So let’s talk about #2, Jesus Christ raised from the dead. Well first let me tell you something interesting about celebrating Christ raised from dead, aka Easter. In the book titled “Storytelling: Imagination and Faith,” author William J. Bausch, writes: “In the Greek Orthodox tradition [of Christianity], the day after Easter was devoted to telling jokes. . . .[Cool! The day after Easter is joke day! The jokes were meant to imitate] the cosmic joke that God pulled on Satan in the Resurrection. Satan thought he had won, and was smug in his victory, smiling to himself, having the last word [with the death of Christ]. So he thought. [But] then God raised Jesus from the dead, and life and salvation became the last words.” =]. Jokes on you, Satan, because Christ is raised from dead, Amen?

So this is point #2 in verse 8. And because there really is a lot more to it than simply telling jokes, good though jokes may be, Paul goes on to explain point #2 largely with a “trustworthy saying” in verse 11. Verses 11 through 13, the end of our passage, is a “trustworthy saying,” and its function is to emphasize especially this point #2, Christ raised from dead. So right now I am going to talk about this trustworthy saying in order to explain point #2, Christ raised from the dead.

OK, so, Verse 11, the trustworthy saying, “If we died with him, we will also live with him”— see how Christ being raised informs this saying already. Paul, here, is actually talking about baptism, believe it or not. Baptism! Baptism, is extremely connected to Christ being raised from the dead. In fact, Paul is talking about here, what he says in the book Romans, quote “We were . . . buried with him [Christ] through baptism into death in order that, just as Christ was raised from the dead through the glory of the Father, we too may live a new life.” End quote, Romans 6:4. So here in Second Timothy, Paul is saying what he says in Romans, that baptism, having been buried with Christ; under the baptismal water—and then being raised up out of the grave, where Jesus was, out of the water, and into the new resurrection life of Christ—into the life of the Church, as it were, this is what it means to live for God, or to live with him, as our trustworthy saying is saying. It’s not that baptism saves us, it’s that baptism transforms us, by God’s grace, into the people who live now, presently, in the body of Christ, to and for God. So this is very important, to point #2.

OK, now, after this, and these build on each other, the next verse, verse 12, says, “if we endure we will also reign,” verse 12, meaning that, even as Christ reigns, now that he has been raised (point #2), and us too with him in baptism, so will we reign, if we have the Holy Spirit in us, because then we are living in His same resurrection-reigning life right now, so that’s the logic. If we live like Christ, being buried like Christ, we will reign like Christ. And by the way, that’s why it says next, “If we disown him, he will also disown us;” this is just saying the same thing—only more starkly, “if we endure we will also reign”…but if we do not endure, in other words we disown him, we will not reign. So, again all of this, coming from Christ raised from dead, point #2.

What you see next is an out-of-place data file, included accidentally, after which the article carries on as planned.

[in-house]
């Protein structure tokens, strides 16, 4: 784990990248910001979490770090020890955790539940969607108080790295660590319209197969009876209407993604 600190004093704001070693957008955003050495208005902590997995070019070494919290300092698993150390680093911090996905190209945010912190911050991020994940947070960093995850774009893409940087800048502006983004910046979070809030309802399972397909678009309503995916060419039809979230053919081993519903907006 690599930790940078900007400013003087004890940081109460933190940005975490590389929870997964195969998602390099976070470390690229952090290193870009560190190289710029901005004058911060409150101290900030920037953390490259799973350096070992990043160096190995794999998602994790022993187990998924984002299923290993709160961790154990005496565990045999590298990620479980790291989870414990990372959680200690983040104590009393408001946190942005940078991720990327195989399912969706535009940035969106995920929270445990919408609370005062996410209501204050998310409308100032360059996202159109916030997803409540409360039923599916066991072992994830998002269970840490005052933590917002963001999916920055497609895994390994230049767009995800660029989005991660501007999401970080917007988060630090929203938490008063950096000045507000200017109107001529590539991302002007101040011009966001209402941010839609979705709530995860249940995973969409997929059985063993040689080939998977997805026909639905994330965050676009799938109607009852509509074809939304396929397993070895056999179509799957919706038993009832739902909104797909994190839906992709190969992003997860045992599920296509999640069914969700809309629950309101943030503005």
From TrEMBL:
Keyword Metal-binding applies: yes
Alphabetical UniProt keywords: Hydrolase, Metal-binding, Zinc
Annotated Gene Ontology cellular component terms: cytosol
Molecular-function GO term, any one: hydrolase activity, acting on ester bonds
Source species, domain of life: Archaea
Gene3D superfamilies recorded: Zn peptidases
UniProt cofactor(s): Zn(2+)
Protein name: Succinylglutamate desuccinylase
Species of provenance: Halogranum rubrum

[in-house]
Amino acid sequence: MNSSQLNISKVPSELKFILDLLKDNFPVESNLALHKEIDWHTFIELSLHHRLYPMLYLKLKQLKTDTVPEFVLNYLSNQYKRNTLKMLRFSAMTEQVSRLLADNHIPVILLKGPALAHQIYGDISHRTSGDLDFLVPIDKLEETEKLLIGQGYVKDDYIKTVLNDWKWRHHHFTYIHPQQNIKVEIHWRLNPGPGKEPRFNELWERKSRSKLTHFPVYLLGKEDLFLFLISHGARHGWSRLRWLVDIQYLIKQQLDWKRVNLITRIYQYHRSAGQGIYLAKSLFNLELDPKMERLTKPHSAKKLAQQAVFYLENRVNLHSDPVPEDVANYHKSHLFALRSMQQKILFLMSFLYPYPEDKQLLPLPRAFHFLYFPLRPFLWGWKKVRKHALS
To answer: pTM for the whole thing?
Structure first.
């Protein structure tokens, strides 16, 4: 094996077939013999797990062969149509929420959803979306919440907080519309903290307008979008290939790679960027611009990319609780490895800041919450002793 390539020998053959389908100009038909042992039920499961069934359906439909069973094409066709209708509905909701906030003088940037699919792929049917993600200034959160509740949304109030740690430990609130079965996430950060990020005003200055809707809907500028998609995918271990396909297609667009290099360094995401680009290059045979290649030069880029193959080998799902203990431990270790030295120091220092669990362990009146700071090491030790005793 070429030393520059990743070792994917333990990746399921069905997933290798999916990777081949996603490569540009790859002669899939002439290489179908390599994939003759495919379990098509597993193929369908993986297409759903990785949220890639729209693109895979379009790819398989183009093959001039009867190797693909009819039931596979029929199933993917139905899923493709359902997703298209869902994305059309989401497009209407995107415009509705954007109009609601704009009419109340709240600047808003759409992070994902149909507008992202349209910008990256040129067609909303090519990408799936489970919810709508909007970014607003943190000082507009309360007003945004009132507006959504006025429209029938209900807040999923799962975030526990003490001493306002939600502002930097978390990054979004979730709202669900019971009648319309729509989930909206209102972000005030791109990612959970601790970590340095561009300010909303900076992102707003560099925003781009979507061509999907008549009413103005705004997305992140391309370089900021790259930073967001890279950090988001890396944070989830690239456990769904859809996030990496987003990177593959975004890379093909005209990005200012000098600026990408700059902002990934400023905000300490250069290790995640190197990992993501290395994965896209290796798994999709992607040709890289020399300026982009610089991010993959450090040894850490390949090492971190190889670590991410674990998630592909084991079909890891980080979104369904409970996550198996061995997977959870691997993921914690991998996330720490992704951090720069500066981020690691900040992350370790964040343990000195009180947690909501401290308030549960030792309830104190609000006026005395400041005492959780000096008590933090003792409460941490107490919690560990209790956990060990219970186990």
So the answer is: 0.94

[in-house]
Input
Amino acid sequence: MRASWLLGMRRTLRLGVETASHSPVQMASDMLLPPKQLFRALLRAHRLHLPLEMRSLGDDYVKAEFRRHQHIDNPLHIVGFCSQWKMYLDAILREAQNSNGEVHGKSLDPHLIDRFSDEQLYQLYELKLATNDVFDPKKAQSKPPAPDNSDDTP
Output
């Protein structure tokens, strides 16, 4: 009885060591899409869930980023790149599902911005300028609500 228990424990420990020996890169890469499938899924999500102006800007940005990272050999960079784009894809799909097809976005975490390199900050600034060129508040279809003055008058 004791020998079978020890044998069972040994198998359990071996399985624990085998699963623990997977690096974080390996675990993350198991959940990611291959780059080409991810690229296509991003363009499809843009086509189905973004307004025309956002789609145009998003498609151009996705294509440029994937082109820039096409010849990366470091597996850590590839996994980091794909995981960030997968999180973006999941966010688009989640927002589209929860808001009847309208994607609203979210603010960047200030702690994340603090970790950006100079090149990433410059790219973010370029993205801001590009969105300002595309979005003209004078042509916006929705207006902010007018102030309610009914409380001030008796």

Next, verse 13 says, “13if we are faithless, he remains faithful, for he cannot disown himself,” meaning that, even if we give up on God—if we are struggling and we lose our faith, and we are faithless, in this journey—God will still be God, and point #2, Christ was raised from the dead. Even if we lose our faith, God will not give up on us; God will never give up on us, God never gives up! BUT, God will not force us to love him, if we do not endure or disown him, because love cannot be forced. God never gives up, because Christ, was raised from the dead, and God gets the last word, so God can’t disown himself, but as Paul says, “If we disown him, he will also disown us.”

So all this is point #2, Jesus Christ raised from the dead. It is a huge point, and it is really too much to talk about all at once even though that’s what I have been trying to do, and I think that’s why Paul gives us a shorter, “trustworthy saying.” There is just so much to it, that Paul gives us a guide in a saying format.

OK, Well, we’ve talked about Jesus Christ, we’ve talked a lot about Jesus raised from the dead, using our trustworthy saying, and we’ve come to our last point here, factor #3, which is Jesus Christ descended from David—this is my gospel. Let’s talk about it.

Does anybody like to read the genealogies in the Bible? Your faces betray you. They tell me just how much you enjoy, you know: He was the father of him, father of him, father of him…or… he begat him begat him begat him begat him, you know, it just goes on and on! Check out first Chronicles chapter 1, you’ll find a genealogy that goes on for 10 chapters! We always memorize John 3:16 but why don’t we memorize the genealogies, right? 
 Jesus Christ descended from David is a very important factor that Paul gives us. But what does it mean? Well the 100% human Jesus, born of the virgin Mary, of course, was not the Son of Joseph, Mary’s fiancé-husband but rather, Jesus is the Son of God. Jesus is 100% human, yes, and 100% divine, so, What are we talking about Jesus, when Paul says, “Descended from David?” Well, in the ancient world of 1st century Judaism, when Jesus was born, and in the tradition of the Hebrew people, the first born son has all the claims of inheritance to his father’s property, or lineage, you might say. And who was Jesus’s Father? Well, God, but, who was Jesus’ “legal father” on Earth? It was Joseph. Take a look at Matthew chapter 1. You will find there, in Matthew chapter 1, a genealogy of Jesus, that Joseph is descended from Abraham, and David, all the way to being married to Mary, who gave birth to Jesus. So in fact, we learn, in Matthew 1:1–17, the genealogy of Jesus, that the first born legal son to Joseph and Mary, inherit the lineage of Abraham, and King David. Jesus Christ descended from David.